A Tale of the Evolution and Revolution of Water-Conducting Systems in Land Plants
Abstract:During early plant evolution, land plants developed water-conducting systems to survive drought conditions and thus to colonize land. Several kinds of cells for water-conducting systems are known in land plants, such as the hydroids of mosses, tracheids of ferns and conifers, and vessels of flowering plants. All of the water-conducting cells are dead at maturity and most of them have thickened plant cell walls. Prof. Demura’s research team has recently identified master regulators controlling gene expression that trigger vessel cell fate in the model plant, Arabidopsis. Subsequent studies revealed that a larger gene family is regulating differentiation of all three different kinds of cells with thickened cell walls in flowering plants. In addition, they discovered the genes controlling the differentiation of hydroids in a moss, Physcomitrella patens. Based on these findings, Prof. Demura will discuss the evolution and revolution of cells contributing to water-conduction in land plants.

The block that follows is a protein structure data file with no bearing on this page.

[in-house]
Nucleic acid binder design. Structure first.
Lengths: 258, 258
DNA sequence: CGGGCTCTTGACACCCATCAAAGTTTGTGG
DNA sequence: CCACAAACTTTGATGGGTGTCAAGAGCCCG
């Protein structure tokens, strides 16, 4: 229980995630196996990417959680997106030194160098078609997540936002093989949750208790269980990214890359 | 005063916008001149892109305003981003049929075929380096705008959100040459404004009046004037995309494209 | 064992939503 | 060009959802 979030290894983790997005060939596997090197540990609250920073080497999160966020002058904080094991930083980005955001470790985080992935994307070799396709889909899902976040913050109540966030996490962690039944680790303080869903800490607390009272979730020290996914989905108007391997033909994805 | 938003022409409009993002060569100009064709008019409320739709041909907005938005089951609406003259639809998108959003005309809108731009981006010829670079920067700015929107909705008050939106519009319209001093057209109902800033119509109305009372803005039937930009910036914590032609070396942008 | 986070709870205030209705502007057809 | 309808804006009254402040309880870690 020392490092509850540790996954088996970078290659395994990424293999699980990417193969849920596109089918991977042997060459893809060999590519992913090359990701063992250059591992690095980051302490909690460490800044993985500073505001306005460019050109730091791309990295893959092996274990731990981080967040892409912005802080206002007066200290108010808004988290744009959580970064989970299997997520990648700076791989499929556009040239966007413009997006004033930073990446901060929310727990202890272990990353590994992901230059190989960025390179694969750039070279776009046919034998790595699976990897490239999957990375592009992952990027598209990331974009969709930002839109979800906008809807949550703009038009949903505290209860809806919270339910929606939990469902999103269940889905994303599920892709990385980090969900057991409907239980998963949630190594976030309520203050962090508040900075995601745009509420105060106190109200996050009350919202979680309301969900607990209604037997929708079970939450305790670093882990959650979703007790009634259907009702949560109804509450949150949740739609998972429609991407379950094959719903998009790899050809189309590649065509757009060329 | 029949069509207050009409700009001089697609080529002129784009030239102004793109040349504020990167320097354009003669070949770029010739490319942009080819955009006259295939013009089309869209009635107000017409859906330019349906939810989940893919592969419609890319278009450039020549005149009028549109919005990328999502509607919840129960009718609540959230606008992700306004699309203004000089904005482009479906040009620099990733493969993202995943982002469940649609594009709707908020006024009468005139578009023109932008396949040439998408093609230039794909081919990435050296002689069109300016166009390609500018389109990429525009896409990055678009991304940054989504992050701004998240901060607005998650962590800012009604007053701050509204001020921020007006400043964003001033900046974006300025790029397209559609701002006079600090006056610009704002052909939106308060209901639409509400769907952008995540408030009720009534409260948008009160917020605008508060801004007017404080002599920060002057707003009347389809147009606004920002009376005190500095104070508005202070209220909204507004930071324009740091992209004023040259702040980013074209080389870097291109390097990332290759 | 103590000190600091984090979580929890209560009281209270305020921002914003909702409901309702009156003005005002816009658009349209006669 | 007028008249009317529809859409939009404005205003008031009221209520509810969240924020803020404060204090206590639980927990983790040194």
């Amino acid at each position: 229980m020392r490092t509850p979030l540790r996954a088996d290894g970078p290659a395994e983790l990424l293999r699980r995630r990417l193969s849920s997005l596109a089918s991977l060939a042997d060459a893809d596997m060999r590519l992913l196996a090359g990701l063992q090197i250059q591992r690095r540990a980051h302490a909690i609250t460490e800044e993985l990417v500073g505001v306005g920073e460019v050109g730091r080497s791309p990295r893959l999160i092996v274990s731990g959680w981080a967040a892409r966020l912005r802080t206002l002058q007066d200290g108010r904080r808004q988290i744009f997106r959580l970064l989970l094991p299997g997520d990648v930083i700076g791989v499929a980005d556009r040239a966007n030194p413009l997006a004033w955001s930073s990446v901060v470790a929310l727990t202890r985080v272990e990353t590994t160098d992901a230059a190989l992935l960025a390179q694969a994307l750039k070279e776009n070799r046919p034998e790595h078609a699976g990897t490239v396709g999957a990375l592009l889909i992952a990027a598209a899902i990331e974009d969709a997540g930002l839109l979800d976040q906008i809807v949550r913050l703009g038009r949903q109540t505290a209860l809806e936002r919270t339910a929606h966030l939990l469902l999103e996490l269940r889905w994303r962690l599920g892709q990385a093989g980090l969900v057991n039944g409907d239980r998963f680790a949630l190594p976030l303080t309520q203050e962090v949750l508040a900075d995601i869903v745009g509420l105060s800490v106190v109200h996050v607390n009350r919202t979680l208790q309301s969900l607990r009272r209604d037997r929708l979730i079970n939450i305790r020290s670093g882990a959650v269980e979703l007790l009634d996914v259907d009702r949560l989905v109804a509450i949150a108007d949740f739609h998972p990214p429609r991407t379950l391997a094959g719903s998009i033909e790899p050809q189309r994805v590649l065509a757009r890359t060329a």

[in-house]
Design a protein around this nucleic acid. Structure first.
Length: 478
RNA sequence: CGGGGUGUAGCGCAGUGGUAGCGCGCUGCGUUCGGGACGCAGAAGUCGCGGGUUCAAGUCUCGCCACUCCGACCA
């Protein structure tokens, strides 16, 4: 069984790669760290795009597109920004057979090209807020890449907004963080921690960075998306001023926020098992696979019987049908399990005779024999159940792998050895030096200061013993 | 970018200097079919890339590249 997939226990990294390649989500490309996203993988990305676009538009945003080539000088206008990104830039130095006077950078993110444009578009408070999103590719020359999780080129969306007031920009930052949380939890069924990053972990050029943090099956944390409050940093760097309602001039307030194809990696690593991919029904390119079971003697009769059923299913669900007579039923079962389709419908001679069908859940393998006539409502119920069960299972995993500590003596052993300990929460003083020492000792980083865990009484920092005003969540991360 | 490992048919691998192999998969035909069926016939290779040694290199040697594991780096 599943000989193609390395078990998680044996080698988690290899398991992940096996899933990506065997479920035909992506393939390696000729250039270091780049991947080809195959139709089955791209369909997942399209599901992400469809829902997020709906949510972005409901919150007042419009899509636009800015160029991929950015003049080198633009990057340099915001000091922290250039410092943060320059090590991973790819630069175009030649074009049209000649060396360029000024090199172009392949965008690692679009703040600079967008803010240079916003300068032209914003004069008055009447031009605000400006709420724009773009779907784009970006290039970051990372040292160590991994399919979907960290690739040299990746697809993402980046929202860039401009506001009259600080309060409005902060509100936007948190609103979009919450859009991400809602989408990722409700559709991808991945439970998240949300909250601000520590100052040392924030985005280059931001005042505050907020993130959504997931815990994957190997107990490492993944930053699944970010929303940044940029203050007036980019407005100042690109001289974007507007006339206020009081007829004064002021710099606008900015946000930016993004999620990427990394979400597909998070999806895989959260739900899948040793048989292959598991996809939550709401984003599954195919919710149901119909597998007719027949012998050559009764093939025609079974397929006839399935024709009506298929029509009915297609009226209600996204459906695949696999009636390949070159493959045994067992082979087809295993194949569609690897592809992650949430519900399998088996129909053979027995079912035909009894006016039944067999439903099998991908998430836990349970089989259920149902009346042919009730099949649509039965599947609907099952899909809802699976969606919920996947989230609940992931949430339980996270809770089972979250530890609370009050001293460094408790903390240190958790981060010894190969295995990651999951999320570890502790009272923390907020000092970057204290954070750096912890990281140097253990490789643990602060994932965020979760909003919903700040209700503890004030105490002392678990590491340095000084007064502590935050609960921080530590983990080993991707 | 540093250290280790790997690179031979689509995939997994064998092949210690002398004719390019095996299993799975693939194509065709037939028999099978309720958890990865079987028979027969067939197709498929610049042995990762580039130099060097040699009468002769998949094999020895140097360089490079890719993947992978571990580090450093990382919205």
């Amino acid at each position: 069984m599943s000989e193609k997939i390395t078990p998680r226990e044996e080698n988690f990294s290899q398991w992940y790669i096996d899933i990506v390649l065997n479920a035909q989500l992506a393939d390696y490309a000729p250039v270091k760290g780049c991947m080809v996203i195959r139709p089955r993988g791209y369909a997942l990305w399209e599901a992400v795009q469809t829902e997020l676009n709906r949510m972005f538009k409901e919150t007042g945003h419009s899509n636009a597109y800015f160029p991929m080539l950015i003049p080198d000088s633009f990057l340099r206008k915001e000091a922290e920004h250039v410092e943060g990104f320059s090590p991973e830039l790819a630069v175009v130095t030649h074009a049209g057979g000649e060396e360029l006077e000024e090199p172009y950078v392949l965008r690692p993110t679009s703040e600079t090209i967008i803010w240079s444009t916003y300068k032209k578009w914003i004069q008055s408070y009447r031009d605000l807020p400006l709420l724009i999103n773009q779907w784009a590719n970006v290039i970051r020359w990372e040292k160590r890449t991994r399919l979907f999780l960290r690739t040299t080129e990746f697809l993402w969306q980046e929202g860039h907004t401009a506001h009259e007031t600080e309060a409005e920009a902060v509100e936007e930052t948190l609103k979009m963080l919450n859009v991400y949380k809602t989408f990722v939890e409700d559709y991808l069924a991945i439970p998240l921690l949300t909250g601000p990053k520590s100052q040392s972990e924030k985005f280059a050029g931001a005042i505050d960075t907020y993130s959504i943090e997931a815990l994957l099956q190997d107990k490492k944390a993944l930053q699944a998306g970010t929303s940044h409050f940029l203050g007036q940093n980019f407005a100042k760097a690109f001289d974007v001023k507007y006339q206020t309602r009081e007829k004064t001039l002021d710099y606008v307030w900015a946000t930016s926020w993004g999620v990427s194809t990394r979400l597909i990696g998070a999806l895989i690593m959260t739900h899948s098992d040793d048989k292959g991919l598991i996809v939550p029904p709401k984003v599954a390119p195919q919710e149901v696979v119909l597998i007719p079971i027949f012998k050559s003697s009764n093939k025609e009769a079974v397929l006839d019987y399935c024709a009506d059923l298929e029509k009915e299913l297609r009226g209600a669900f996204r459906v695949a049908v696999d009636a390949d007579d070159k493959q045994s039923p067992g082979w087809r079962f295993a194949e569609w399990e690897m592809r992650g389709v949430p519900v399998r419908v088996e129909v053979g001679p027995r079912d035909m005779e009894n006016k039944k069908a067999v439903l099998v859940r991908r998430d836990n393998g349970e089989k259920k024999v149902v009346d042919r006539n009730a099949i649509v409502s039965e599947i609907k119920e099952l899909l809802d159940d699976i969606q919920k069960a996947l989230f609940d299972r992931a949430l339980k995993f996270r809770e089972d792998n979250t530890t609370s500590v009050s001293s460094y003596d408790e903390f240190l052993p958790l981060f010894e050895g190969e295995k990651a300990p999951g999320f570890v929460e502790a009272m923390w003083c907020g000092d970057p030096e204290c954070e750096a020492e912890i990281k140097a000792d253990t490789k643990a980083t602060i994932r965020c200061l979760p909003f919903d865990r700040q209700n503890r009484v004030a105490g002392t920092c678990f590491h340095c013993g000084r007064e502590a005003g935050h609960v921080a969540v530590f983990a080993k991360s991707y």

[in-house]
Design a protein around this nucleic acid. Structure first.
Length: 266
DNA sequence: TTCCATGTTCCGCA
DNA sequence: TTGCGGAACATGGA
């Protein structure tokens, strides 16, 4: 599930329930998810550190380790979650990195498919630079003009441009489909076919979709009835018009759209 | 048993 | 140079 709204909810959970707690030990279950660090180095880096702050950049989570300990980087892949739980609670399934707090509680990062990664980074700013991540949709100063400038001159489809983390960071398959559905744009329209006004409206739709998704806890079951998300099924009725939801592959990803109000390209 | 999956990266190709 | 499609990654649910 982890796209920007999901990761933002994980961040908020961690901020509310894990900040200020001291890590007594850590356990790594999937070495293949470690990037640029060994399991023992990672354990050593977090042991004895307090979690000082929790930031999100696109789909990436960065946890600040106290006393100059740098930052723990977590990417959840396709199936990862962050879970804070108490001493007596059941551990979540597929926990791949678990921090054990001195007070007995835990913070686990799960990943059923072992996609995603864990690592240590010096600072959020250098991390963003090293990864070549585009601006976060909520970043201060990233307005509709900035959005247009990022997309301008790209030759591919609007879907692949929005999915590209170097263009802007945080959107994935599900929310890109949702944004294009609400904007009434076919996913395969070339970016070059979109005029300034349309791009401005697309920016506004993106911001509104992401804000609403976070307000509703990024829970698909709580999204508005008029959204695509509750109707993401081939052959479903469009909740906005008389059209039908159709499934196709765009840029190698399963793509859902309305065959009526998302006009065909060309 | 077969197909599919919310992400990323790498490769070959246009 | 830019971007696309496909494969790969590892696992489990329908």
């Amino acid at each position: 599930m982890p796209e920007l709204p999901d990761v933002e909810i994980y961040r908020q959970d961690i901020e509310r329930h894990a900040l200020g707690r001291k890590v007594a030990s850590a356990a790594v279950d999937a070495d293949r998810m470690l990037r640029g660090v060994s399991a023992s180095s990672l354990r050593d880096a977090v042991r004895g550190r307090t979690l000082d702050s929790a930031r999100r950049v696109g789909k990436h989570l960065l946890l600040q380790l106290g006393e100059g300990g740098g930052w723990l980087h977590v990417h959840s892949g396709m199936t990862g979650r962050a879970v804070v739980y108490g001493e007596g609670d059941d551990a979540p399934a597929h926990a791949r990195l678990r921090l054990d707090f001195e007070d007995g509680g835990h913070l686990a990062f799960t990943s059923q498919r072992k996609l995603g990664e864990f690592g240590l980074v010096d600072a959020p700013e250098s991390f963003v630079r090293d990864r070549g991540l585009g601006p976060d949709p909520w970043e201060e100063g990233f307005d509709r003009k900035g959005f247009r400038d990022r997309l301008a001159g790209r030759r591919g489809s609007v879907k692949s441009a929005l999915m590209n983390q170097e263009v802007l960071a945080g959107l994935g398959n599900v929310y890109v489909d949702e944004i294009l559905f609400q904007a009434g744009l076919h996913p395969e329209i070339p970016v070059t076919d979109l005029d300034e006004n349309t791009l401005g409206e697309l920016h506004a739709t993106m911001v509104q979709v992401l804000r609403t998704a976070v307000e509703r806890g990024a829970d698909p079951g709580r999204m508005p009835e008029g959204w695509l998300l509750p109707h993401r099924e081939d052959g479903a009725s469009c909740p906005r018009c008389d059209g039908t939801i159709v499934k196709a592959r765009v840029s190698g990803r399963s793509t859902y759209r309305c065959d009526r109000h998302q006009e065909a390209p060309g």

Speaker:Dr. Taku Demura is a plant biologist who has been working on the molecular mechanisms underlying the differentiation of woody cells in land plants. Woody cells are major components of woody biomass with potential for use in biofuels. Dr. Demura has recently succeeded in the production of genetically modified poplar trees with a higher amount of woody biomass. Dr. Demura received his Ph.D. in Plant Physiology in 1995 from Tohoku University; served as an Assistant Professor at Tohoku University and the University of Tokyo; and was a group leader at RIKEN, Japan’s largest comprehensive research institution. He is now is a Professor at the Graduate School of Biological Sciences at the Nara Institute of Science and Technology in Japan, where he is leading a laboratory of Plant Metabolic Regulation.
Registration is not required. For more information, see the poster.Beaty Biodiversity Museum Auditorium, 2212 Main Mall, Vancouver